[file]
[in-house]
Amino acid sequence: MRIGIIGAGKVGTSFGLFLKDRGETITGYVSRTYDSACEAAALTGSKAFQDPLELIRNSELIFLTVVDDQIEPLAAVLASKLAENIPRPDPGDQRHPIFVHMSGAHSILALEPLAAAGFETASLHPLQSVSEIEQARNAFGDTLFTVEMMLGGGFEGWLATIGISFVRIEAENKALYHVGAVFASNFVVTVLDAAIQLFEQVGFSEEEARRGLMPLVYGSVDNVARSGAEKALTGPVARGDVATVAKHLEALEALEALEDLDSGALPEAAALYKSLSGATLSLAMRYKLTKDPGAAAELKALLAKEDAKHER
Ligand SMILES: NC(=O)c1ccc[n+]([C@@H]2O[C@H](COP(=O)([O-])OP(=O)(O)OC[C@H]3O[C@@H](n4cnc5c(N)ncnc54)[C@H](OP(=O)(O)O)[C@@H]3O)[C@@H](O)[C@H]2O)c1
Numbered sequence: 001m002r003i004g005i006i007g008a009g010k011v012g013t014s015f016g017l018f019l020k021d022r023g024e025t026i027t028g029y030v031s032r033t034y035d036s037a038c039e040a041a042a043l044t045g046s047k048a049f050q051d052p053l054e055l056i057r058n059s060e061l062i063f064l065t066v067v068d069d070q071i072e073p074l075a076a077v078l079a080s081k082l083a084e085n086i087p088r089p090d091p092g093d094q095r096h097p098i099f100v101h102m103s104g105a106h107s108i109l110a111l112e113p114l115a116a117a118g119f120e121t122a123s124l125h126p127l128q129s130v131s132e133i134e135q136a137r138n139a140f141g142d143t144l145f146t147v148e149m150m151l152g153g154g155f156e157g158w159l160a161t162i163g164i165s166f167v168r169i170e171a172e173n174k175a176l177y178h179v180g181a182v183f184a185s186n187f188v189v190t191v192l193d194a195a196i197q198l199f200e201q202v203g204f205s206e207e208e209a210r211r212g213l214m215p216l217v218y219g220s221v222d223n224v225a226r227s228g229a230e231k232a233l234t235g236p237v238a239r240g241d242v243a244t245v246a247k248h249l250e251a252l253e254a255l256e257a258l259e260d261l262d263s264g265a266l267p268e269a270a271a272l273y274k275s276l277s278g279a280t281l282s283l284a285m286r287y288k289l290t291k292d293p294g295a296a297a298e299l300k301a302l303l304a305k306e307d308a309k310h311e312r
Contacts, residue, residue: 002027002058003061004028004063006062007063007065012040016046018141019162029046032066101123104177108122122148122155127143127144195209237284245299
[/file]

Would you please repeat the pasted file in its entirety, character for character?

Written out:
[in-house]
Amino acid sequence: MRIGIIGAGKVGTSFGLFLKDRGETITGYVSRTYDSACEAAALTGSKAFQDPLELIRNSELIFLTVVDDQIEPLAAVLASKLAENIPRPDPGDQRHPIFVHMSGAHSILALEPLAAAGFETASLHPLQSVSEIEQARNAFGDTLFTVEMMLGGGFEGWLATIGISFVRIEAENKALYHVGAVFASNFVVTVLDAAIQLFEQVGFSEEEARRGLMPLVYGSVDNVARSGAEKALTGPVARGDVATVAKHLEALEALEALEDLDSGALPEAAALYKSLSGATLSLAMRYKLTKDPGAAAELKALLAKEDAKHER
Ligand SMILES: NC(=O)c1ccc[n+]([C@@H]2O[C@H](COP(=O)([O-])OP(=O)(O)OC[C@H]3O[C@@H](n4cnc5c(N)ncnc54)[C@H](OP(=O)(O)O)[C@@H]3O)[C@@H](O)[C@H]2O)c1
Numbered sequence: 001m002r003i004g005i006i007g008a009g010k011v012g013t014s015f016g017l018f019l020k021d022r023g024e025t026i027t028g029y030v031s032r033t034y035d036s037a038c039e040a041a042a043l044t045g046s047k048a049f050q051d052p053l054e055l056i057r058n059s060e061l062i063f064l065t066v067v068d069d070q071i072e073p074l075a076a077v078l079a080s081k082l083a084e085n086i087p088r089p090d091p092g093d094q095r096h097p098i099f100v101h102m103s104g105a106h107s108i109l110a111l112e113p114l115a116a117a118g119f120e121t122a123s124l125h126p127l128q129s130v131s132e133i134e135q136a137r138n139a140f141g142d143t144l145f146t147v148e149m150m151l152g153g154g155f156e157g158w159l160a161t162i163g164i165s166f167v168r169i170e171a172e173n174k175a176l177y178h179v180g181a182v183f184a185s186n187f188v189v190t191v192l193d194a195a196i197q198l199f200e201q202v203g204f205s206e207e208e209a210r211r212g213l214m215p216l217v218y219g220s221v222d223n224v225a226r227s228g229a230e231k232a233l234t235g236p237v238a239r240g241d242v243a244t245v246a247k248h249l250e251a252l253e254a255l256e257a258l259e260d261l262d263s264g265a266l267p268e269a270a271a272l273y274k275s276l277s278g279a280t281l282s283l284a285m286r287y288k289l290t291k292d293p294g295a296a297a298e299l300k301a302l303l304a305k306e307d308a309k310h311e312r
Contacts, residue, residue: 002027002058003061004028004063006062007063007065012040016046018141019162029046032066101123104177108122122148122155127143127144195209237284245299